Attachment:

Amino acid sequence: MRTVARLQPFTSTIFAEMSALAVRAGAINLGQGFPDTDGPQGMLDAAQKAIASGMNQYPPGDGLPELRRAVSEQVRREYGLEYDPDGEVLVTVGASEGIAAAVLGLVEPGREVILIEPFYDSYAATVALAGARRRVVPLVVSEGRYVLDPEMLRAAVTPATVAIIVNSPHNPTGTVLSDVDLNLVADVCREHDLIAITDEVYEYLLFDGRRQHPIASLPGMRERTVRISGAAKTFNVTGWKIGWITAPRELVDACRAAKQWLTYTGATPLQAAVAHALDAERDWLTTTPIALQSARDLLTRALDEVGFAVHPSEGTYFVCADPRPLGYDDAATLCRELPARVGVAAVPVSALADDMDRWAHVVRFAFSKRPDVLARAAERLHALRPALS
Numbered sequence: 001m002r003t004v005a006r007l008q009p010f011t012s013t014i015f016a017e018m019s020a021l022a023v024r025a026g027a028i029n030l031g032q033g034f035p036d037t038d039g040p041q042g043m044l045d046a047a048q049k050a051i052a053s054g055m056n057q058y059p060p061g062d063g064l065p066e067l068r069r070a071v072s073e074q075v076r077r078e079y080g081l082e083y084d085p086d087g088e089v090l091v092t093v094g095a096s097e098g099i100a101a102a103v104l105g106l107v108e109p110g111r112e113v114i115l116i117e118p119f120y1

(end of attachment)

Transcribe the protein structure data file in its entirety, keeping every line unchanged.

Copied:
Amino acid sequence: MRTVARLQPFTSTIFAEMSALAVRAGAINLGQGFPDTDGPQGMLDAAQKAIASGMNQYPPGDGLPELRRAVSEQVRREYGLEYDPDGEVLVTVGASEGIAAAVLGLVEPGREVILIEPFYDSYAATVALAGARRRVVPLVVSEGRYVLDPEMLRAAVTPATVAIIVNSPHNPTGTVLSDVDLNLVADVCREHDLIAITDEVYEYLLFDGRRQHPIASLPGMRERTVRISGAAKTFNVTGWKIGWITAPRELVDACRAAKQWLTYTGATPLQAAVAHALDAERDWLTTTPIALQSARDLLTRALDEVGFAVHPSEGTYFVCADPRPLGYDDAATLCRELPARVGVAAVPVSALADDMDRWAHVVRFAFSKRPDVLARAAERLHALRPALS
Numbered sequence: 001m002r003t004v005a006r007l008q009p010f011t012s013t014i015f016a017e018m019s020a021l022a023v024r025a026g027a028i029n030l031g032q033g034f035p036d037t038d039g040p041q042g043m044l045d046a047a048q049k050a051i052a053s054g055m056n057q058y059p060p061g062d063g064l065p066e067l068r069r070a071v072s073e074q075v076r077r078e079y080g081l082e083y084d085p086d087g088e089v090l091v092t093v094g095a096s097e098g099i100a101a102a103v104l105g106l107v108e109p110g111r112e113v114i115l116i117e118p119f120y1